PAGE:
Why Aren't the Birds Eating at My Feeder?

Whether you have a new feeder or a well-established one, if the birds aren’t showing up, you may wonder why. Here are the most common reasons:

1. The seed is no longer fresh or has gotten wet. Exposed to sun and humidity, seed is good in a feeder for only 1-2 weeks. If rain has gotten into the feeder, seed will spoil in just days. Much
like we humans are reluctant to revisit a restaurant where we’ve had a bad experience, the birds will also avoid a “bad” feeder. Until the birds are eating again, place only a small amount of seed in the feeder and change it regularly so that it is still fresh when they give it another try.  

2. The feeder is new or has been left empty for a while. Birds locate food purely by sight, so while birds may notice the food right away, it could still take them 3-4 weeks to eat from a new feeder. Possibly twice that long for a specialty feeder (suet, peanut, etc.). Birds can be wary of new objects, so even a shiny new feeder replacing an old one may require an adjustment period.

3. Patience is needed in some habitats. While birds can be attracted nearly everywhere, a new feeder in woodlands will be noticed faster than one in a new subdivision or in the middle of farmland void of large trees.

4. Seed is stored improperly. As with human foods, excessive heat and humidity will spoil seeds. Buy no more than you can use
in about 4-6 weeks. WBU gets a fresh seed shipment each week, so you know it's fresh when you buy it.

5. The feeder is dirty. A dirty feeder can harbor mold and bacterial, which is unhealthy for birds and will make new seed spoil faster. Wash feeders at least once a month.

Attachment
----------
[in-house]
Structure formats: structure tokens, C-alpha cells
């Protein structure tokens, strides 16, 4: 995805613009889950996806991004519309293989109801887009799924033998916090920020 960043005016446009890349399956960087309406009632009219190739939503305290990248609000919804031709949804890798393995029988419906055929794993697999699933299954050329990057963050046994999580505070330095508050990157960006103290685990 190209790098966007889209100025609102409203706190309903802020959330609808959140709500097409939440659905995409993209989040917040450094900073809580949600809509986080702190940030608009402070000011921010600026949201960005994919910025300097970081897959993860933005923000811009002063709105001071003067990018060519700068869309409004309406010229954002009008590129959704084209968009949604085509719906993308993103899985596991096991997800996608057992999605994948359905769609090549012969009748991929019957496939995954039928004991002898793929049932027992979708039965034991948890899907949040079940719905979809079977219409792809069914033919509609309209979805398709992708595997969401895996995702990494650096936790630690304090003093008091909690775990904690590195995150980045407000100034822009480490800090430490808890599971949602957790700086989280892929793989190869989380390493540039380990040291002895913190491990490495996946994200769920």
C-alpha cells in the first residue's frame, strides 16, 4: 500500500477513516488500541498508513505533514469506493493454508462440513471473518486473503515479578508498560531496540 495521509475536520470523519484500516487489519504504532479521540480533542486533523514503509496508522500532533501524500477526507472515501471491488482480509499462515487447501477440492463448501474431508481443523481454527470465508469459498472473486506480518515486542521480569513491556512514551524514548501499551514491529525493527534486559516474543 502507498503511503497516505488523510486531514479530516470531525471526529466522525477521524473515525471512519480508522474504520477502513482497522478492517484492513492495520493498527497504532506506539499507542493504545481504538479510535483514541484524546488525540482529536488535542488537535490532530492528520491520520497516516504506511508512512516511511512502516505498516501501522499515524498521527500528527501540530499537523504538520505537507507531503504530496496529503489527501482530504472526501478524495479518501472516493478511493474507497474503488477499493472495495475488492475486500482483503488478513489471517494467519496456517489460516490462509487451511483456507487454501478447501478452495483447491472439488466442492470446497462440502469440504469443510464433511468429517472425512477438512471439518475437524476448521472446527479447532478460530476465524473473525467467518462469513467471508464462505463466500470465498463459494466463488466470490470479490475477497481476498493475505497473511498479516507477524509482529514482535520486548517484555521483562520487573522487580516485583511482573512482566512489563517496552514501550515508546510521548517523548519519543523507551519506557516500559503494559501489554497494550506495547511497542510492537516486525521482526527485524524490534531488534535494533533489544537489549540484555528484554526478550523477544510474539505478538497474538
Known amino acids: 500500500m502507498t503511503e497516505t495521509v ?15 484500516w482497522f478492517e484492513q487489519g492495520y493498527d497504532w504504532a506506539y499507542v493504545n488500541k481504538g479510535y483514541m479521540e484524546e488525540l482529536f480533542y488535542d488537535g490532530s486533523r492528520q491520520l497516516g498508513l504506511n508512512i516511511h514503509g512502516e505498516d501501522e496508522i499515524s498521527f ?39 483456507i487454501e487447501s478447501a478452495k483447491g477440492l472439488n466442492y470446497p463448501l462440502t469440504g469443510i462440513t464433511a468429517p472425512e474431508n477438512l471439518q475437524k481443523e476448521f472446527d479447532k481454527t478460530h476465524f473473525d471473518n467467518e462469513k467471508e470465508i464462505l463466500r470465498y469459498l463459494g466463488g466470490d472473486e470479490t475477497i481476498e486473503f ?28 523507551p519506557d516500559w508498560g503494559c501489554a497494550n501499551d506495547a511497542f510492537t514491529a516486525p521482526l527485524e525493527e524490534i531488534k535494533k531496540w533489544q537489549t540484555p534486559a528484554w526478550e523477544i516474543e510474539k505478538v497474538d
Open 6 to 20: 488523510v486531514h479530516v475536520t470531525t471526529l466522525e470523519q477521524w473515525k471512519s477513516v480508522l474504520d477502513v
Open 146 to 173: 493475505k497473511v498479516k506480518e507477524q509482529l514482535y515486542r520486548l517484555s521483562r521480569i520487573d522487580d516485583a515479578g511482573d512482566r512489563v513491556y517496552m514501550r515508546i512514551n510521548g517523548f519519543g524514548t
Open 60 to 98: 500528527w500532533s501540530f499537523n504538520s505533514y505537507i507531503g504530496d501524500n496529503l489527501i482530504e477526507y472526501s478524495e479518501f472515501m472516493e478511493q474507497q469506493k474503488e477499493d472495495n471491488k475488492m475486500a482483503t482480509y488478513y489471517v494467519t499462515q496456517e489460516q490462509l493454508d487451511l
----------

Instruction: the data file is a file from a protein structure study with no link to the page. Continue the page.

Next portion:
6. The wrong seed is being used. The wrong feeder/seed combination can lead to poor results. Ask the experts at WBU to help you choose. 
Note: WBU seed blends never contain junk grains like those found in discount store blends (milo, corn, wheat, etc.). Songbirds tend to avoid these fillers so once they've picked out the few good seeds in it, they may not come back.

7. Predators! A hawk lurking around will make birds scarce. As hunting becomes more difficult, hawks tend to move on. After a while, the songbirds usually return. Outdoor cats are also an issue as they are responsible for over 1 million bird deaths a year. Ask WBU for additional advice.

8. Feeders are located too close together. Some feeders styles can be grouped together, while some specialty feeders, such as finch feeders, work best when 10 feet or more from other birds.

9. Natural cycles. Birds visit feeders all year long, but activity will be highest during migratory and nesting seasons. In the fall, bird activity quiets down a bit as natural food sources are abundant thanks to the summer rains (example: jays and woodpeckers feast on autumn acorns). 

10. Feeders are Broken/Defective/Wrong Style. Poorly designed feeders, or those in disrepair, can keep birds away. Make sure your feeders are in good working order and that the food is easy for the birds to retrieve from them. 

Thankfully, if one or more of these reasons apply to your feeders, the remedy is usually pretty simple and you should have birds returning soon enough. Please stop by and see us at Wild Birds Unlimited for more detailed assistance or to pick up a bag of fresh birdseed.